5:30 AM…the alarm goes off and commences yet another day on what has been a great yet exhausting trip. Yes it’s Saturday…Yes it’s early…and Yes we…we are all in the same boat after a grueling schedule on Friday at Rosslyn Academy.
However, this is what we signed up for right? It’s time for another day recruiting and representing not only our respective institutions but Christian higher education. These meetings and sessions may alter the course of history for a student, family, city or even country...I mean you never know right? Well that’s the pep talk I give myself on this early morning and some days you just need one of those.
By 7am we are on the road leaving the city limits of Nairobi heading North West towards Kijabe, a small town nestling in the bed of the Great Rift Valley! Our descent into this marvelous and historical valley is filled with wonder as we gaze at the breath taking view of this valley and the once volcanic but now dormant Mount. Longonot.
The smooth roads give way to what seems to be a one-way, unpaved and bumpy road descending towards the depths of this valley and at times overlooking fear inducing ridges.
We arrive at our destination, the revered Rift Valley Christian Academy a school known for its rigorous academics and excellent students. We are greeted by Sandy Lee, the guidance counselor and her trusted assistant officially titled, “Executive goffer” who is a current senior who volunteered to help. During a tour of campus we are pointed to the historical first stone that was laid for the school by none other than President Roosevelt.
The program at RVA wasn’t anywhere as tiring as Rossyln and the numbers were also low as most students were away from campus. We presented sessions in two different segments within an intimate and engaging small group of students. The college fair portion of the afternoon was steady and manageable which was very much welcome by the team. Before we knew it, 3pm had arrived and we were loading back up and heading back towards Nairobi.
Our trip back presented one of the more exciting and funny parts of our trip to date. I had mentioned to our driver, that I had a group of Americans that had never tasted the popular snack of roasted corn and I asked him to see if he could find a place where we could buy some and also get to a view point to take some pictures. The driver however also wanted to really give them a true experience and thus chose to stop right in the middle of one of the open markets in the area and of course with all the White people in the van. It seemed that within seconds the van was surrounded with people selling roasted corn on the cob and there was just yelling about why we should all purchase some corn. “Take it, Take it…” was all you could hear as people shoved corn through the windows. What was to be a candid experience ended with us begging the driver to step on it and drive off, with just enough to taste and only to find that what we received was really the worst quality of what was being sold, a failure on the whole corn experience.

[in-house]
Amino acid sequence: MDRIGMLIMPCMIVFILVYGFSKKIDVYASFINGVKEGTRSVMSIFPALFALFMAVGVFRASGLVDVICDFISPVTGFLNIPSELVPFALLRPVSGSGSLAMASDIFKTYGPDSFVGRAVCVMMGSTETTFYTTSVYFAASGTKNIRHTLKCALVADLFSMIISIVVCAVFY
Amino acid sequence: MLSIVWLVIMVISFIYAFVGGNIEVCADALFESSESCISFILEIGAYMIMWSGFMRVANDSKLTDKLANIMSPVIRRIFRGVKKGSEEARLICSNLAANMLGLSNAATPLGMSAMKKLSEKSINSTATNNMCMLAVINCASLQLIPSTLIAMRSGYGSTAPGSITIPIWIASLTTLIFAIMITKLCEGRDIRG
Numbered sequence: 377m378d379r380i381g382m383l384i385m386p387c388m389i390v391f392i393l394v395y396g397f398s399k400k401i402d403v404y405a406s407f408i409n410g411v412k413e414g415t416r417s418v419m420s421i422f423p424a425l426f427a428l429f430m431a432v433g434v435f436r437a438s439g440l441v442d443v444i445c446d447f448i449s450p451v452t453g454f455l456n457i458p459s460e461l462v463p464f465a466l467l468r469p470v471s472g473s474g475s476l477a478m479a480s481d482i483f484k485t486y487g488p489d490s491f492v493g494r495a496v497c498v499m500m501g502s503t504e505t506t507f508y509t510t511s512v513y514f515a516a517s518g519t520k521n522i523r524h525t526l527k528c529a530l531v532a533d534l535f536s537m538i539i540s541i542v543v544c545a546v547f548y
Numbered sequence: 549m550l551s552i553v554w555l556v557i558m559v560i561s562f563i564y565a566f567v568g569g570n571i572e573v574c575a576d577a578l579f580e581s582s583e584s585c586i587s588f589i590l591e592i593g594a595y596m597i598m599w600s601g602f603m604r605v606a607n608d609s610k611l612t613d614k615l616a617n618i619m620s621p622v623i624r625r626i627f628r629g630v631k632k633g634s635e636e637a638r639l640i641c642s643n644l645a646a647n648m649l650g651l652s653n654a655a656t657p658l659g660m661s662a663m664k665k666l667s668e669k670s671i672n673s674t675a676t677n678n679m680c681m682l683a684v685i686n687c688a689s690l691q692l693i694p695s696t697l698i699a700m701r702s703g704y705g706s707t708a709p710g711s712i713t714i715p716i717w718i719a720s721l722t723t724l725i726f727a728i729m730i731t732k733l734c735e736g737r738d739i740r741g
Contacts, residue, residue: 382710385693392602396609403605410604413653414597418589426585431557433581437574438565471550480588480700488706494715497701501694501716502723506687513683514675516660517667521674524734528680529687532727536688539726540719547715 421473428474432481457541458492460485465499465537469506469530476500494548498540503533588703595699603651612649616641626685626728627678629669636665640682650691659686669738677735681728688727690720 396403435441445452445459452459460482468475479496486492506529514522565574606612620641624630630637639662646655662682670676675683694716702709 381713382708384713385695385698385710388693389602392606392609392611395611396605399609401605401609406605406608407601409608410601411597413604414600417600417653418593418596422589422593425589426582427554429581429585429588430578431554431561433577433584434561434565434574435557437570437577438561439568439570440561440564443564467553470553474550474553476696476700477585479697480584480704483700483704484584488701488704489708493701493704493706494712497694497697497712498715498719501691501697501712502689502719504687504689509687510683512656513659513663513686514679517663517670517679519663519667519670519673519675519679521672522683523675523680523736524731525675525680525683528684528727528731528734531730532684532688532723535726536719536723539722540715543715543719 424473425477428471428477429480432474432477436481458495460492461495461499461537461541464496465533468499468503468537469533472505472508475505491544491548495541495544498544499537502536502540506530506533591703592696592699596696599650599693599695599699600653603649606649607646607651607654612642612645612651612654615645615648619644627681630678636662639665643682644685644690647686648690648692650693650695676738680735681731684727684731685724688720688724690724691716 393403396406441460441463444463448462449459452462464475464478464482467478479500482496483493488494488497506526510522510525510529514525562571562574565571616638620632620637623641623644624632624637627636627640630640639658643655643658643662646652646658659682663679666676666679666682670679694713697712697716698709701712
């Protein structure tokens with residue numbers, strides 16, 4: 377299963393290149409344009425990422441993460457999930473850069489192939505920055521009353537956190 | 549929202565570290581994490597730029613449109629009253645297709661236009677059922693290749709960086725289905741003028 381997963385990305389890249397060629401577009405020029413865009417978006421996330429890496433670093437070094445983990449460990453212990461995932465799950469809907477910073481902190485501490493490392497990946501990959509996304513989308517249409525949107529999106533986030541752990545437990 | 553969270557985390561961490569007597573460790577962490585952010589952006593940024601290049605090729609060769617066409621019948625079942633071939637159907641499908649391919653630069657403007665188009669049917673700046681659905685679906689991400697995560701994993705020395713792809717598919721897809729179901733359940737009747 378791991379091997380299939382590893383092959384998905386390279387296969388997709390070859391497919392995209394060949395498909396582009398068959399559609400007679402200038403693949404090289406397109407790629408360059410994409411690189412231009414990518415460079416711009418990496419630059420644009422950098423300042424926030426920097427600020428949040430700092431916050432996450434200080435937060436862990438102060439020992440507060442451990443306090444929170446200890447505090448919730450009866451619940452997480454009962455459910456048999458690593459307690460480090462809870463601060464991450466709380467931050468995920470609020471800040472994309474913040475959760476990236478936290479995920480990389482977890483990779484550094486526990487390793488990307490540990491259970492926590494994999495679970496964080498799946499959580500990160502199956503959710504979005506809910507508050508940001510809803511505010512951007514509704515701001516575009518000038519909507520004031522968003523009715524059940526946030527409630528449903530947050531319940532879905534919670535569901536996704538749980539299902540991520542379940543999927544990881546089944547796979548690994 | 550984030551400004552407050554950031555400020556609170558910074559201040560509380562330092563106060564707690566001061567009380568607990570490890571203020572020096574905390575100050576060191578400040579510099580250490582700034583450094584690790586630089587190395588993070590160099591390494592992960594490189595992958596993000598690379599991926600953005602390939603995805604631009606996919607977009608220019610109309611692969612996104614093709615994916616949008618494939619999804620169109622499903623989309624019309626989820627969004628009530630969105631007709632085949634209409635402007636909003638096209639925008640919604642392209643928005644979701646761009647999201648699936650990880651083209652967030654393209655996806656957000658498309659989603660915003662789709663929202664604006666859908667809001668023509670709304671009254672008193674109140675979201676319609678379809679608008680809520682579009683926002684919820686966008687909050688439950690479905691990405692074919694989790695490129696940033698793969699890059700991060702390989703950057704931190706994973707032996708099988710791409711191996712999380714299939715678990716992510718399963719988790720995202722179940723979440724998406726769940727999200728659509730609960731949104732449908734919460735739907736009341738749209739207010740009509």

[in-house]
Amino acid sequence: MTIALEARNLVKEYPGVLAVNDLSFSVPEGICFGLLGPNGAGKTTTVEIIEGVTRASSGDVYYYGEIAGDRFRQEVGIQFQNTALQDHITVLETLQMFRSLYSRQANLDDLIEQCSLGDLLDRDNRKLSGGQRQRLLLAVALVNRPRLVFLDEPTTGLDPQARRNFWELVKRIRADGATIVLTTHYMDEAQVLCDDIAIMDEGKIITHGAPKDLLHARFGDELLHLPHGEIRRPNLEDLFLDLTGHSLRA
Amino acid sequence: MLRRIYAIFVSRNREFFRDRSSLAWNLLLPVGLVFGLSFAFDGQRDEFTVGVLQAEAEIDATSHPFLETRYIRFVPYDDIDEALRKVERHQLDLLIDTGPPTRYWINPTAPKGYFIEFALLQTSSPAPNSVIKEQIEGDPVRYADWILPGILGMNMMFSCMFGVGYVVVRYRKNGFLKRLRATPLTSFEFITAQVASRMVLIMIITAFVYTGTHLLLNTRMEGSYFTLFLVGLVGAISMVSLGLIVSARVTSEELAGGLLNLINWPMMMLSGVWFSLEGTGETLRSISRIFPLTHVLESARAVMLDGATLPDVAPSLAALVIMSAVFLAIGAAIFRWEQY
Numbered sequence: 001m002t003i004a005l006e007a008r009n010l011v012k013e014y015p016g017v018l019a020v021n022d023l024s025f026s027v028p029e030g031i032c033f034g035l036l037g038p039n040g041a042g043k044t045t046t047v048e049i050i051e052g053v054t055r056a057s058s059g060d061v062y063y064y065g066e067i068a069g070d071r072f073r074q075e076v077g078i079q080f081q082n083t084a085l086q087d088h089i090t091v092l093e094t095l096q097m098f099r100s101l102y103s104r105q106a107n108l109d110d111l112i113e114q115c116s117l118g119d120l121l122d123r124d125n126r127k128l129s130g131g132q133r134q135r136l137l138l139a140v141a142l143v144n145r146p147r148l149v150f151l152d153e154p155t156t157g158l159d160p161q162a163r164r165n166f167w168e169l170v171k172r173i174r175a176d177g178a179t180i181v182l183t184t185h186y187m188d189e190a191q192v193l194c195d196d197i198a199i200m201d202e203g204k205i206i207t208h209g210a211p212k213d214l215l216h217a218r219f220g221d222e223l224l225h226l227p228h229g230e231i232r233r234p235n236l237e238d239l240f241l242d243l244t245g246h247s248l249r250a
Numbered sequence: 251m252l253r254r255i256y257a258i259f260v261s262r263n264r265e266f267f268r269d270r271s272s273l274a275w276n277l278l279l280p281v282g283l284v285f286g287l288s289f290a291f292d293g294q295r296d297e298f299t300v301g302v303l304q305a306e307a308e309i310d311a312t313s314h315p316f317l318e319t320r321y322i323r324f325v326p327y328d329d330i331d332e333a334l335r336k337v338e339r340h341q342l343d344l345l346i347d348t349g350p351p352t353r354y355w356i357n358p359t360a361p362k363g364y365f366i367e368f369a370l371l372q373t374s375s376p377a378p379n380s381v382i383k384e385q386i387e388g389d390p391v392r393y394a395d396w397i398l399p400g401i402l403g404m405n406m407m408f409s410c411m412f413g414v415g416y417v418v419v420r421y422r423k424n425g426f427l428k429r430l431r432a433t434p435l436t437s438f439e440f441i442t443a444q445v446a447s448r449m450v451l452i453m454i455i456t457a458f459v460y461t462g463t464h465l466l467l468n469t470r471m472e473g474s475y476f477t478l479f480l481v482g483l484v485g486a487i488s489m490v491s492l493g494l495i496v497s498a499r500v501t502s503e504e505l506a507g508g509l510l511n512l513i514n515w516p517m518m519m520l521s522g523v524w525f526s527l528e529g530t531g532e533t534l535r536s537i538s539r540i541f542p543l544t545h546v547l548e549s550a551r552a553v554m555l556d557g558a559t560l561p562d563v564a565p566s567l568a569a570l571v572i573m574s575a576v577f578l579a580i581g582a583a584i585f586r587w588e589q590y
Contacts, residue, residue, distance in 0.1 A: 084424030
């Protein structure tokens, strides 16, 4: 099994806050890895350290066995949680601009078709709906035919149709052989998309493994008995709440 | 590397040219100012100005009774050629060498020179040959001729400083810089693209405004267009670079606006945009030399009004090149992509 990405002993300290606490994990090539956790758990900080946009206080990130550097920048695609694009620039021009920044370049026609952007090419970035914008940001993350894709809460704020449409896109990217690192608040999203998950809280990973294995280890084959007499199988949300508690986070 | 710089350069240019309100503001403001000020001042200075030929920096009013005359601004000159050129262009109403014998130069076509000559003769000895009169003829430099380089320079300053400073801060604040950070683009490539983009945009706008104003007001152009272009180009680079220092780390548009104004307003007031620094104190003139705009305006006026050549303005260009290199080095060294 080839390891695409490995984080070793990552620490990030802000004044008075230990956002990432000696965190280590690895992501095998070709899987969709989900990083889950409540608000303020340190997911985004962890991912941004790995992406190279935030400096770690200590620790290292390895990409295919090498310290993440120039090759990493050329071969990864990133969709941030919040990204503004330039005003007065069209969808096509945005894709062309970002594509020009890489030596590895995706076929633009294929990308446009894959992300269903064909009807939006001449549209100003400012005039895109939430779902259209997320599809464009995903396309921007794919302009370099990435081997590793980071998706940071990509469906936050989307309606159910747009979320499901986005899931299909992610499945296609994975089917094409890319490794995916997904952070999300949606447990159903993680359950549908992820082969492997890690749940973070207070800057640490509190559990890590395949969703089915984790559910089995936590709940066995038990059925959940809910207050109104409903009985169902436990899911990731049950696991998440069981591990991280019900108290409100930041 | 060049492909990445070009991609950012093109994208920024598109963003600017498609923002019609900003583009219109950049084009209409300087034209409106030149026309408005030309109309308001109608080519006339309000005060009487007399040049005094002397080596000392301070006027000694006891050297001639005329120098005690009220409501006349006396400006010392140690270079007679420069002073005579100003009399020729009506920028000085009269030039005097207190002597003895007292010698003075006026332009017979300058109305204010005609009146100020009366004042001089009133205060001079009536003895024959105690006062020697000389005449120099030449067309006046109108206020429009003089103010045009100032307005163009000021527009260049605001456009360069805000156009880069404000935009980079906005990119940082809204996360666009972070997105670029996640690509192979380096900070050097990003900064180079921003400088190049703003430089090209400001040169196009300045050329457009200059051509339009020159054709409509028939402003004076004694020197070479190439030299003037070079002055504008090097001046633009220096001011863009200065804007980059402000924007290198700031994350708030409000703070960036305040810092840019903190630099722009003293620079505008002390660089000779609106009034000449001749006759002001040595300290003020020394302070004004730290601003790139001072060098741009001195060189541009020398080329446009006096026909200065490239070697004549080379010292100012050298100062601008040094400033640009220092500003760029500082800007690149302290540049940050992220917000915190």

We then moved on to a view point to take in some of the breath taking views of the Rift Valley…and were quickly swarmed by people selling souvenirs and this is where our negotiating skills came in handy. Following some push and tug and Jodi being offered a rabbit in exchange for school fees for a seemingly innocent boy, we loaded the van again and headed back to Nairobi. They day had been long, busy and exhausting but it had been a good day.